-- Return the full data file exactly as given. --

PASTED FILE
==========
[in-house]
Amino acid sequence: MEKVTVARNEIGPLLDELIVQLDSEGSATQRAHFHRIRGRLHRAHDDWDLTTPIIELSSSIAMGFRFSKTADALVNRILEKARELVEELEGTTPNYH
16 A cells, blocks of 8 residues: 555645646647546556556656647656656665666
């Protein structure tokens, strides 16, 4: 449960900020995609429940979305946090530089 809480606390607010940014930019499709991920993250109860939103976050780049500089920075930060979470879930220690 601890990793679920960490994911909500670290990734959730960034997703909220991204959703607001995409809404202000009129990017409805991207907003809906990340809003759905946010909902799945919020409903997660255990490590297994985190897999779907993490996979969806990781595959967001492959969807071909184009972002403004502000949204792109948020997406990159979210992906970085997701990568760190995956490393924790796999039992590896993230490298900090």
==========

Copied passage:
[in-house]
Amino acid sequence: MEKVTVARNEIGPLLDELIVQLDSEGSATQRAHFHRIRGRLHRAHDDWDLTTPIIELSSSIAMGFRFSKTADALVNRILEKARELVEELEGTTPNYH
16 A cells, blocks of 8 residues: 555645646647546556556656647656656665666
């Protein structure tokens, strides 16, 4: 449960900020995609429940979305946090530089 809480606390607010940014930019499709991920993250109860939103976050780049500089920075930060979470879930220690 601890990793679920960490994911909500670290990734959730960034997703909220991204959703607001995409809404202000009129990017409805991207907003809906990340809003759905946010909902799945919020409903997660255990490590297994985190897999779907993490996979969806990781595959967001492959969807071909184009972002403004502000949204792109948020997406990159979210992906970085997701990568760190995956490393924790796999039992590896993230490298900090």